mokoro, okavango delta, Bostwana

Water levels in the Okavango Delta and Chobe River

This is the time of year when we start to get a good indication of how good or poor the water levels will be in the Okavango Delta for the summer season. By now, the rains have fallen in the Angola Highlands and it is possible to make some predictions about how much water will be flowing down into the Delta.

In recent weeks we have been receiving updates from our colleagues in Botswana about the current and expected water levels in the Okavango Delta and Chobe River.

This summer, while extremely beautiful in Botswana, has been very hot and dry. The rains have been well below average and unfortunately Angola has also had disappointing precipitation. As a result, the annual flood water has yet to show itself in the Okavango Delta.

Chief’s Island
This means that the channels around Chief’s Island are nowhere near the level they should be at this time and the Boro River channel has not yet filled. Consequently, only very short mokoro activities are being offered to cross the channel in certain places where you cannot walk.
Water is expected any day, but as with every year, we cannot predict exactly when it will arrive. It is safe to say that that the flood is late this year and it could easily be another 6-8 weeks before proper mokoro activities can be offered.

What we can say is that as a result of the scarceness of water sources, the game is exceptional. Guests are regularly seeing lion, hyena, leopard and even cheetah. Wild dogs have been seen along with herds of over 1000 buffalo. Naturally all of the grazers are there sipping from the waters edge and eating the grasses in the molapo. It is a veritable Eden.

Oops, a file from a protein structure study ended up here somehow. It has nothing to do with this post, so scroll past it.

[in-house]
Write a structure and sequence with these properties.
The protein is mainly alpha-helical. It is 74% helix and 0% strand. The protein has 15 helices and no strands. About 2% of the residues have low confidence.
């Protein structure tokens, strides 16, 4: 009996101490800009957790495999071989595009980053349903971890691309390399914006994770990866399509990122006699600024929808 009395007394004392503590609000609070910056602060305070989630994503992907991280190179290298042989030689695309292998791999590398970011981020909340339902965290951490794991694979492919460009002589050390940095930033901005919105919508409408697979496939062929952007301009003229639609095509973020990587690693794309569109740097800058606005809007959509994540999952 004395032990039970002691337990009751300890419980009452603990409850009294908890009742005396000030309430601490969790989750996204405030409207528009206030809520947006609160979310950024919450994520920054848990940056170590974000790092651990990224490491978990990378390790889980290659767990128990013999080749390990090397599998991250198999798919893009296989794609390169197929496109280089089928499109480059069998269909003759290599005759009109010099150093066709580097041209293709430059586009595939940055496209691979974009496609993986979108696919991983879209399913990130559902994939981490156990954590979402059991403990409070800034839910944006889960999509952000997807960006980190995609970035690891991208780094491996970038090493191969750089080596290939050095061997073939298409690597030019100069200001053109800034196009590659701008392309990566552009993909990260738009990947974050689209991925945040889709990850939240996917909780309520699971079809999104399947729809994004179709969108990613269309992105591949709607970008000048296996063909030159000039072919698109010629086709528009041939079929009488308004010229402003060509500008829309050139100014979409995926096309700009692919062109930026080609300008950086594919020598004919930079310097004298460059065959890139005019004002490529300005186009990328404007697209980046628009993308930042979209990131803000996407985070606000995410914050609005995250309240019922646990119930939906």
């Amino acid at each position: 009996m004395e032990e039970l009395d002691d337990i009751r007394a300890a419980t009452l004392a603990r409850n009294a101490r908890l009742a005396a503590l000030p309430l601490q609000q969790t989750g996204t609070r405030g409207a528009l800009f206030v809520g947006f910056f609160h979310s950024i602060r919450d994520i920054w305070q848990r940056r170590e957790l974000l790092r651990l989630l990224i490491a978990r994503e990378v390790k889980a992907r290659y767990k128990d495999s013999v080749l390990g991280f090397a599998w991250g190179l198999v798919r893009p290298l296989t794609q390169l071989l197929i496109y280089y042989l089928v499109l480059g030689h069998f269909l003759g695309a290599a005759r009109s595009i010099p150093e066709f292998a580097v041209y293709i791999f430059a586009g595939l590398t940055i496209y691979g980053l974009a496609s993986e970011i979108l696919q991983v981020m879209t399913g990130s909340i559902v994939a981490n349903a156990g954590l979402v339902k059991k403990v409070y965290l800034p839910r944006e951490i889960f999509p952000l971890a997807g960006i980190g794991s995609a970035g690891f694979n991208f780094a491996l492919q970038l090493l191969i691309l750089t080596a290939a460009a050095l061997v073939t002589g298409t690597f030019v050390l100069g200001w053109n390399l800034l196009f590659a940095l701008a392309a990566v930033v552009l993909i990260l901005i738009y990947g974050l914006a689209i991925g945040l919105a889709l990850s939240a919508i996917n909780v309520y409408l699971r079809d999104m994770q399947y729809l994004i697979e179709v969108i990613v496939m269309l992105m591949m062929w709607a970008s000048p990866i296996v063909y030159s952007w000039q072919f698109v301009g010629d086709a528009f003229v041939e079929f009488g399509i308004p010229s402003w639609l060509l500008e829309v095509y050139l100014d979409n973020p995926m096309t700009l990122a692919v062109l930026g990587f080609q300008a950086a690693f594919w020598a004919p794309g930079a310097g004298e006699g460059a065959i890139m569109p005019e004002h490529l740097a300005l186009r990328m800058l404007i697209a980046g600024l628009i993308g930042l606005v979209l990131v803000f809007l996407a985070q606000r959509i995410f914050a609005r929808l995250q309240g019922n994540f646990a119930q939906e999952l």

buffaloes on the flood plain by Delta Camp, Chief's Island

Moremi Game Reserve & Xakanaxa Lagoon

Boating activities in these areas are largely unaffected as the water levels in the Xakanaxa Lagoon and the surrounding deep water channels remain high.

Chobe River

Chobe River levels are considerably lower than average. Measurements of the Zambezi River at Katima Mulilo (which usually pushes water into the Chobe) are approximately 4-meters lower than last year. The good news is that the Chobe Riverfront received some late rains over the weekend (40mm).

Zambezi river levels at Katima Mulilo
Top image – April 2017 … Bottom image – April 2019

Makgadikgadi Pans National Park & Boteti River

The poor rainfall has also resulted in the premature start of the zebra migration on the western boundary of the Makgadikgadi Pans National Park – with thousands of zebra starting their annual movements months before the usual time.

The early zebra migration means that the Boteti River Valley is once again a sea of black and white. This means we are in for an intense season of game-viewing for the remainder of the dry season.

The Bottom Line
The bottom line is that, as always, Botswana remains a fantastic place to go on safari. Even though the low water levels may restrict some of the water based activities the up side is that game viewing is exceptional. So what are you waiting for?

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